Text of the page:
A Betrayal of the Highest Order
Reflections on Kim Scipes’ Important New Book on U.S. Labor Imperialism
Kim Scipes, AFL-CIO Secret War Against Developing County Workers: Solidarity or Sabotage? (Lanham, MD: Lexington Books, 2010)
Recently a leftist I know sent me a disheartening note in the midst of the mass protests for public workers’ collective bargaining rights in Madison, Wisconsin:
“Some friends of mine were ‘asked’ not to display their ‘Money for human needs, not war’ signs in the Wisconsin Capitol building from someone with the American Federation off State, County, and Municipal Employees (AFSCME) saying, ‘This is a labor protest not a peace demonstration.‘ "
”Except from U.S. Labor Against the War, I haven't seen hardly any mention of these state budget problems being related to military spending. [AFL-CIO President] Richard Trumka has been fighting tooth and nail to keep these wars from being opposed by labor. I think what is playing out with peace views being suppressed is an attempt to, as [United Steelworkers’ President] Leo Gerard said he was going to do, ‘cover Obama's back.’ “
”To blame the states' budget problems is to blame Obama--- and Obama's military spending should be blamed. I cannot believe not one of the labor leaders said in speeches in Wisconsin something like, ‘Here we have Obama and congress approving $35 billion dollars on a new military boon-doggle and we are struggling to defend our livelihoods.’"
I am sympathetic to my correspondents’ ire and agree with his sense that organized labor undermines its position by failing to criticize the imperial militarism that steals billions of U.S. taxpayer dollars from the potential meeting of social needs and state budgets at home. But I do not share his disbelief about labor leaders’ failure to say anything critical about military spending and thereby about U.S. Empire in Madison. There’s nothing surprising or new about this silence.
The principles of real, bona-fide working class trade unionism are rooted in the notion of working people joining and acting together in solidarity to improve wages, benefits, and working and living conditions for themselves and others. “An Injury to One,” the labor credo runs, “is an injury to all.” These principles and that ethos have been advanced in American history to no small degree by the various unions affiliated with the American Federation of Labor (AFL, 1886-1955), the Congress of Industrial Organizations (CIO, 1935-1955), and the AFL-CIO (1955 to present). But as the left historian, activist, and sociologist Kim Scipes shows in his important book AFL-CIO Secret War Against Developing County Workers: Solidarity or Sabotage? (Lanham, MD: Lexington Books, 2010), they have been undermined by the imperialist foreign policy of U.S. labor “leadership” for more than a century. Unbeknownst to most American union members and many U.S. labor officials, and without their support, the top foreign policy operatives of the AFL and the AFL-CIO have consistently collaborated with American government agencies like the Central Intelligence Agency (CIA), the U.S Agency for International Development (USAID), and the National Endowment for Democracy (NED) in carrying out an imperialist foreign policy that has attacked working and living standards in “developing countries” (known as “Third World” nations during the Cold War).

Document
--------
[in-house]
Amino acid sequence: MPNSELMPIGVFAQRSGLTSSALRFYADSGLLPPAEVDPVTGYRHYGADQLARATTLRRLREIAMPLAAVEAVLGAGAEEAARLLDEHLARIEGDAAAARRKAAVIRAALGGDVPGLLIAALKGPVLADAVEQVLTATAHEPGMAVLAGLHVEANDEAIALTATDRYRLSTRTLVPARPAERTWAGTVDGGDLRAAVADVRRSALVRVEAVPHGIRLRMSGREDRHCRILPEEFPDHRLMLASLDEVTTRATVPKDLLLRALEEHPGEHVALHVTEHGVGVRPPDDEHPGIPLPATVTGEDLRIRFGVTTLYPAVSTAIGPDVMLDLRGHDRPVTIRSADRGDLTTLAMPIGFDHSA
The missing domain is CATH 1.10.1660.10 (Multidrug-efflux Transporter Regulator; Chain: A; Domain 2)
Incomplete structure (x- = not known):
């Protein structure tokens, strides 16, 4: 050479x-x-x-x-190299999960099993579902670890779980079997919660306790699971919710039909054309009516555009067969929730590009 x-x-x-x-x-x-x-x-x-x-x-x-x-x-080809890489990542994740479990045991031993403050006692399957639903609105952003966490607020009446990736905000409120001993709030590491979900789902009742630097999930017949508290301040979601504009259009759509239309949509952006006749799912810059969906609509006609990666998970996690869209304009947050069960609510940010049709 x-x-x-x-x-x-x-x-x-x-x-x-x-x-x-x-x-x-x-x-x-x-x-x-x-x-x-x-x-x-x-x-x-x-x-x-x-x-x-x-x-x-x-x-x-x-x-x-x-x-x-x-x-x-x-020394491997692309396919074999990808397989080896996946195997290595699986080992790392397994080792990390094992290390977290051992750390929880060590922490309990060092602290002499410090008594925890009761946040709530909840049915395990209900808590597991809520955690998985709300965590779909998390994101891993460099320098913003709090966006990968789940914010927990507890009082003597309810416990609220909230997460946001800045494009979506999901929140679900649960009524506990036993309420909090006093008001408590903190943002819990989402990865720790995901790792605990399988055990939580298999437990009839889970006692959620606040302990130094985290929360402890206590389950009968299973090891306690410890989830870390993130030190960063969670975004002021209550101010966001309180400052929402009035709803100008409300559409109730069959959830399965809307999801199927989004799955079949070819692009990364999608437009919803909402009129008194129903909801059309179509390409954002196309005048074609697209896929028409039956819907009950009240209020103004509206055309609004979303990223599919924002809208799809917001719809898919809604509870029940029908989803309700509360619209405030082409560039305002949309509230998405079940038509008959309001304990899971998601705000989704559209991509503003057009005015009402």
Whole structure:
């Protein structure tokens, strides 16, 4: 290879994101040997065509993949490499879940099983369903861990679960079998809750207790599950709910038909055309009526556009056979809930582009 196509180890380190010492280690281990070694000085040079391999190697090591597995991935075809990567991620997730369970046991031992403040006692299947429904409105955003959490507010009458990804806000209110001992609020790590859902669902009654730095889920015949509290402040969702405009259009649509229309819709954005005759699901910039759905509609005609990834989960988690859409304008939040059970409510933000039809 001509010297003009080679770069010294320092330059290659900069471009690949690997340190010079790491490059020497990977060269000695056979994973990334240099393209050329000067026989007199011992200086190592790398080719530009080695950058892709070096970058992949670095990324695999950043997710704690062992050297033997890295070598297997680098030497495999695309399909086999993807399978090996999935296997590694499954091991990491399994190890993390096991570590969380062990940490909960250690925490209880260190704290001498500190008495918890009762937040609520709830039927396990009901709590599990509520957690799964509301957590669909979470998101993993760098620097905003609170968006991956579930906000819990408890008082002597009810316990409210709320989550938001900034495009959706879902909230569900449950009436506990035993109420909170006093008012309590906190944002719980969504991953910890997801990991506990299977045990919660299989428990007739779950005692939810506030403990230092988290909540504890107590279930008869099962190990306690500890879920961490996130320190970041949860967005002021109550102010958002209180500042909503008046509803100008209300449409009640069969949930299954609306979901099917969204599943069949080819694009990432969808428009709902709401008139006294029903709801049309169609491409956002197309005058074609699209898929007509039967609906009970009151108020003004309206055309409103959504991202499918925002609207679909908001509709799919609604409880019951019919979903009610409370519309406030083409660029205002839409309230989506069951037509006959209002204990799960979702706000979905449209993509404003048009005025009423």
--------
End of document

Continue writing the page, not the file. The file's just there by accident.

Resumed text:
This “labor imperialism,” Scipes argues, is no small crime. If anything,” Scipes writes. “labor imperialism is worse than general ‘run of the mill’ imperialism, because it is being done by worker ‘leaders’ an in the name of workers against workers. It is a betrayal of the highest order” (p. 68).
Scipes’ second chapter (titled “One Hundred Years of Reaction”) gives important details of this betrayal as it developed after World War II under the aegis of the AFL and the AFL-CIO’s notorious, generally CIA-affiliated overseas labor “institutes”: the American Institute for Free Labor Development (AIFLD, an ally of dictators and an enemy of progressive unions and leftists in Latin America), the African-American Labor Center (AALC, an ally of dictators and apartheid and an enemy of progressive workers labor and leftists in Africa), and the Asian American Free Labor Institute (AAFLI, an ally of dictators and death squads and an enemy of progressive labor and leftists in Asia). U.S. Labor’s post-WWII imperial interventions in developing countries have fallen into three basic categories, Scipes argues:
“(1) directly operating to help undermine democratically governments which, in each case, led to the establishment of a reactionary military dictatorship, the death and/or imprisonment of thousands, and decimation of respective labor movements (as in Guatemala during 1954, in Brazil in 1964, and Chile in 1973); (2) supporting reactionary governments and their affiliated labor movements against workers and their organizations seeking democratic changes (Indonesia during the 1970s-late 1990s, El Salvador throughout the 1980s and into the 1990s, the Philippines, 1980s-early 1990s, and South Korea, late 1970s-1980s); and (3) indirectly operating within local labor movements to attack pro-labor, progressive governments (in Guyana in 1963, Dominican Republic in 1965, Nicaragua in the late 1980s, and Venezuela in the late 1990s to 2002-2003).”